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When an Animal Shelter Closes

December 3, 2010 40 comments

It seems ironic (or at the very least a sad coincidence) that today on National Adopt a Mutt Day there would be such sad news to report on the adoptable mutts in my very own community.

I had been hearing rumors for days now that the shelter I have volunteered at for the past 8 years was in trouble and would be closing, but I had been hoping and praying it would not true. It was not to be, today the Minnesota Valley Humane Society (MVHS) announced it would be closing it’s doors on December 31, 2010.

To say this is a sad event is an understatement. This one small humane society has been operating on its own since 1981. Despite many people’s mistaken belief, MVHS has never been affiliated with the larger Animal Humane Society (AHS) in Golden Valley, Woodbury, St. Paul, etc. It did not receive money from the the Humane Society of the United States (by the way, MOST Humane Societies DON’T receive money from HSUS). It operated on a tight budget, with a small staff, and had to raise all of it’s money on its own – and it had a high adoption rate (perhaps that’s because it didn’t put a timeline on an animal’s life like other humane societies do or maybe it’s because of the awesome staff and volunteers who promoted the animals and tried to help animals find homes).

It is the only animal shelter servicing the South Metro area and soon it will be gone.

So what is the impact when a shelter closes?

Other shelters and rescue groups end up taking up the slack. Most small shelters and rescue groups operate on a shoestring budget already, so when a shelter closes they not only take on additional animals they had not planned for, they also take on the extra costs associated with it. It can make or break a shelter or rescue group, financially.

Staff and Volunteers feel set adrift. Many volunteers work at animal shelters because they deeply care for the animals, but in many cases, there is also a sense of commaraderie that develops between the staff and volunteers. Friendships are formed. There is a feeling that you are all united in a common cause – saving animals

The animals that remain suffer undue additional stress. Animals that have not been adopted out feel the additional stress from the staff and volunteers, who are stressed out themselves, but their daily routine and lives change too. Suddenly, they are shipped off to some other location, maybe to a place where conditions are worse than where they came from (or more stressful) or they may have a limit on the number of days they can remain before they are euthanized.

The community suffers. Shelters provide a lot of services that the community often does not often recognize – educational programs, veterinary services, dog training, personal support after adoption, spaying and neutering, pet supplies for your newly adopted pet and informational resources. MVHS even offered people a list of apartments and townhomes that allowed pets.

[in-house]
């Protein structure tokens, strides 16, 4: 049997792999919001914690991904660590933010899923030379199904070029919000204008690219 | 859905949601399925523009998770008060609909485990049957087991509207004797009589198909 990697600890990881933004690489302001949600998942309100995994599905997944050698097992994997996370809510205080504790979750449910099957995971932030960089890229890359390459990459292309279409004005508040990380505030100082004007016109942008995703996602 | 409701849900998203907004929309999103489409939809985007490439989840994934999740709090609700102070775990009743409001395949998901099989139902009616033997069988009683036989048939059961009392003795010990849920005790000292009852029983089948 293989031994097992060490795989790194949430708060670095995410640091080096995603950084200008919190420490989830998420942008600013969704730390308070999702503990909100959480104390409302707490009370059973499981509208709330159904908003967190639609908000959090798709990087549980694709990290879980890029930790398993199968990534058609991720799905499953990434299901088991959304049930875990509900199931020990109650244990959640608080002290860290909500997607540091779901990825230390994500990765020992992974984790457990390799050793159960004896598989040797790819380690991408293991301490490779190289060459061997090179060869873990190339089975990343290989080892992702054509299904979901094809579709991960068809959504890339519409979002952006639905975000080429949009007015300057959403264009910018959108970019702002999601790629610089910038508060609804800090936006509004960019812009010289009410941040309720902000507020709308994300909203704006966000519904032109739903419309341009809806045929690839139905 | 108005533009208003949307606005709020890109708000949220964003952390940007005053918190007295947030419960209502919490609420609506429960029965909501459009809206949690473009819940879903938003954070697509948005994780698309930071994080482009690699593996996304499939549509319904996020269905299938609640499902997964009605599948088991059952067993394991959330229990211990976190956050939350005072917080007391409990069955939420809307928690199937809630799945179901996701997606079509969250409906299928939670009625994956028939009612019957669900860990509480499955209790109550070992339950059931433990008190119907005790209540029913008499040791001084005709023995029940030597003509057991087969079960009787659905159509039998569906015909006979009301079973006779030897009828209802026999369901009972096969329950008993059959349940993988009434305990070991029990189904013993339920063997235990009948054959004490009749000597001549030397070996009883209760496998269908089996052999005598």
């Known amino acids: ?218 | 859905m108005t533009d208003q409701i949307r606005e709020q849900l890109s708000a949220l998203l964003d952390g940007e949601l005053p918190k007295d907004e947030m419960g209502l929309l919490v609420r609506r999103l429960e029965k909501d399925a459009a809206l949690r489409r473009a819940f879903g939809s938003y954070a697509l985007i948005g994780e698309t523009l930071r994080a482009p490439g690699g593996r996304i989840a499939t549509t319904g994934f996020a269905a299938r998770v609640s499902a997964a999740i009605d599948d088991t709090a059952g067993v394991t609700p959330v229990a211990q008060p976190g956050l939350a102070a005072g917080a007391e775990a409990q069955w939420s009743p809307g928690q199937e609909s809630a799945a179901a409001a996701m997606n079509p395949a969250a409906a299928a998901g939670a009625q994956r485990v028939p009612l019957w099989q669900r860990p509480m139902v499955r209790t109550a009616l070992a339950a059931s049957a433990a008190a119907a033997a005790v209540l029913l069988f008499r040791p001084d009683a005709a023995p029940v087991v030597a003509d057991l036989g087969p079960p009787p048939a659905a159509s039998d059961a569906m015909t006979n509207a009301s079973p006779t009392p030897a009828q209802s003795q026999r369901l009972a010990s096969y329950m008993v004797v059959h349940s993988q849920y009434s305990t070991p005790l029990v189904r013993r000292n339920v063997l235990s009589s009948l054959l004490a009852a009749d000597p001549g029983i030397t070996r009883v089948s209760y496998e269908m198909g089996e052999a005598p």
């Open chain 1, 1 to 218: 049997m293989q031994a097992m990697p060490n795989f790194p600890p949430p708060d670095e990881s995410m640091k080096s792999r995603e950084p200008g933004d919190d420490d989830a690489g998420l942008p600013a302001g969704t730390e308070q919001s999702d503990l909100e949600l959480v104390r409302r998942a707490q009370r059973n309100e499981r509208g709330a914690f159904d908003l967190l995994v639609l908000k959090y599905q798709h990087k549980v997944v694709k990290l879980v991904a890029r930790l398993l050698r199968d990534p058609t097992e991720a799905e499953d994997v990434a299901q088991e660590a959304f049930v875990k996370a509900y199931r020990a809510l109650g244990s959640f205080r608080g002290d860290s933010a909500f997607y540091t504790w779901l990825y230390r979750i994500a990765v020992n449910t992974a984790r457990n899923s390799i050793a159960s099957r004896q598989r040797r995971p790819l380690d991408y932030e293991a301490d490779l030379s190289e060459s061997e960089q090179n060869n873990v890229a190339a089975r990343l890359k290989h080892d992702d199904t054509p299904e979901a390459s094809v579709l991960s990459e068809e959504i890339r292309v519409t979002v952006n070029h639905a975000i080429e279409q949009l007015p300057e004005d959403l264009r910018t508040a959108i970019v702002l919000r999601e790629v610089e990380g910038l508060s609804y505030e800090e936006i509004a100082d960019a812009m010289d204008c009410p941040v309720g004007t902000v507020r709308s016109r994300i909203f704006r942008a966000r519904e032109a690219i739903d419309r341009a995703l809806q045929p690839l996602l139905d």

What can you do?

Give money to your local animal shelters and rescue groups. Now. Call your local animal shelter and ask them if they are affiliated with a larger organization or if they operate on their own small budget, and then give. Contact a rescue organization and ask what you can do to help. Most of them need money, but many of them also need foster homes for the animals they already have.

- Adopt. Normally I would be encouraging people to not to adopt during the holiday season, but this year I am asking people to adopt the remaining dogs, cats, birds, etc. that remain at MVHS. If you have the space, the time and want to make a difference, please adopt. And, if you are not local and living in MN, please adopt from your own shelter or rescue organizations. So many of the dogs, cats and other animals that end up at a shelter are not there because they were bad or did something to deserve it. In fact, some of the most common reasons animals are surrendered are because: someone lost a job, someone died, a family situation has changed (e.g., divorce) or the family had to move to a smaller location, like an apartment that doesn’t take pets. People that want a purebreed dog or cat often don’t realize that a lot of purebreed dogs and cats end up in shelters every single day (I should know I have two of my own – a Lab and a Sheltie). Many rescues and shelters have purebred dogs and cats, and often rescues are geared towards a particular breed. If that’s what you are looking for, please check with a shelter or rescue group first. Please.

Volunteer. I have had so many people tell me that they could never volunteer at a shelter because it would break their heart. I’m not going to lie, some days your heart does break, but most of the time you feel good knowing you have given a dog or cat a little extra attention and love that day. Every single interaction of love and kindness matters to them. It is one of the most rewarding experiences you can have. And did I mention the friendships you develop? Trust me. It is SO worth it.

It’s never easy when an animal shelter closes, but sometimes it can bring change. I hope you will be a part of that change.

Please Note: If you are coming here to read this because HumaneWatch.org sent you here, please note that this shelter DID NOT close because of anything HSUS did or did not do and I completely disavow their misrepresentation of this fact in order to push their agenda to smear HSUS or any other group that supports caring for animals in a humane way.

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